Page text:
What is it used for?


Copper is a strategic, highly ductile semi-precious metal with high thermal and electrical conductivity and excellent corrosion resistance properties. One of the primary uses of copper is in electrical applications, where its excellent conductivity makes it ideal for wiring, electrical circuits, and motors. The metal’s malleability and ductility also contribute to its widespread use in various industries, including construction, plumbing, and telecommunications. Copper’s corrosion resistance adds to its durability, making it a reliable choice for long-lasting infrastructure.

Demand for copper has grown with the market moving from surplus to deficit, putting pressure on stocks and having the effect of increasing prices with analysts estimating a continuous rise in prices.

This pressure is expected to increase with a greener future and a low carbon global commitment. Copper plays a pivotal role in the development and implementation of sustainable technologies, making significant contributions to the global efforts towards a greener future.

Copper is a critical metal for the generation of electricity from sources like solar and wind which demand large amounts. For example, each 3-megawatt wind turbine can contain over 4 tonnes of copper, with further demand coming from the accompanying electrical infrastructure they require.

Beyond its role in green energy, copper is used in many different everyday items. From household wiring and plumbing to electronic devices and transportation infrastructure, copper’s versatility makes it an indispensable material in modern society.


Chromite is a brown to black, iron – chromium oxide. Globally the world produces ~30Mt/yr of chromite, half of which is produced in South Africa (which hosts 75% of the world’s resources) with half again exported as a raw material to China to produce Ferrochrome which is the feedstock to produce stainless steel and other speciality alloys.

The primary application of ferrochrome lies in the manufacturing of stainless steel, where it imparts essential properties such as corrosion resistance, hardness, and durability. Stainless steel, a widely used material in construction, automotive, and various industrial applications, owes much of its success to the incorporation of ferrochrome. This alloy allows stainless steel to resist rust and corrosion, making it an ideal choice for environments where durability and hygiene are paramount, such as in kitchen appliances, cutlery, and architectural structures.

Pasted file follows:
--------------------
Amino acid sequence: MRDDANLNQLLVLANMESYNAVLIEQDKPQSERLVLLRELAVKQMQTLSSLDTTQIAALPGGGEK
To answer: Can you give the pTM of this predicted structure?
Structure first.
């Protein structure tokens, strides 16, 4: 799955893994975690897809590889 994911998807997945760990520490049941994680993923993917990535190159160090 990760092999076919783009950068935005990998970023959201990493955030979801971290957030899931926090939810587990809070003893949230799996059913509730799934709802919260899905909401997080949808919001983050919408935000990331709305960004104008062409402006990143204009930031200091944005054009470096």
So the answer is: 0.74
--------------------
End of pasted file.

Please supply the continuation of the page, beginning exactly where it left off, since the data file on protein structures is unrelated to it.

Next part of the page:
Beyond stainless steel production, ferrochrome also finds applications in the manufacturing of superalloys, which are crucial in aerospace and other high-temperature, high-stress applications. These alloys, incorporating ferrochrome, exhibit exceptional resistance to extreme conditions, making them indispensable for components in jet engines, gas turbines, and other advanced technologies.

Additionally, chrome’s corrosion resistance makes it a preferred material for the production of various household items, including faucets, kitchen appliances, and bathroom fixtures.


Platinum Group Metals (platinum, palladium, rhodium, iridium, osmium, and gold) are used in a very diverse range of applications and are highly valued materials.

There is significant demand for PGMs, principally the use of platinum, palladium and rhodium in autocatalysts which can convert over 90% of hydrocarbons, carbon monoxide and oxides of nitrogen from gasoline engines into less harmful carbon dioxide, nitrogen and water vapour. PGMs are also used in manufacturing and healthcare – including implants, stents, and hearing aids, as well as new uses in hydrogen fuel cells along with jewellery.

Platinum is a critical mineral for the energy transition, owing to its uses in hydrogen-based electrolysis and fuels cells. Hydrogen-related demand for platinum is forecast to grow substantially over the next decade and beyond. According to the World Platinum Investment Council, Platinum catalysts in the electrolysis and fuel cell markets will make up around 15% of total demand by 2030, and as much as 35% by 2040.

The automotive sector is responsible for some 80% of total palladium demand, and this is expected to stabilise as absolute vehicle sales are forecast to recover to pre-pandemic levels by 2025.

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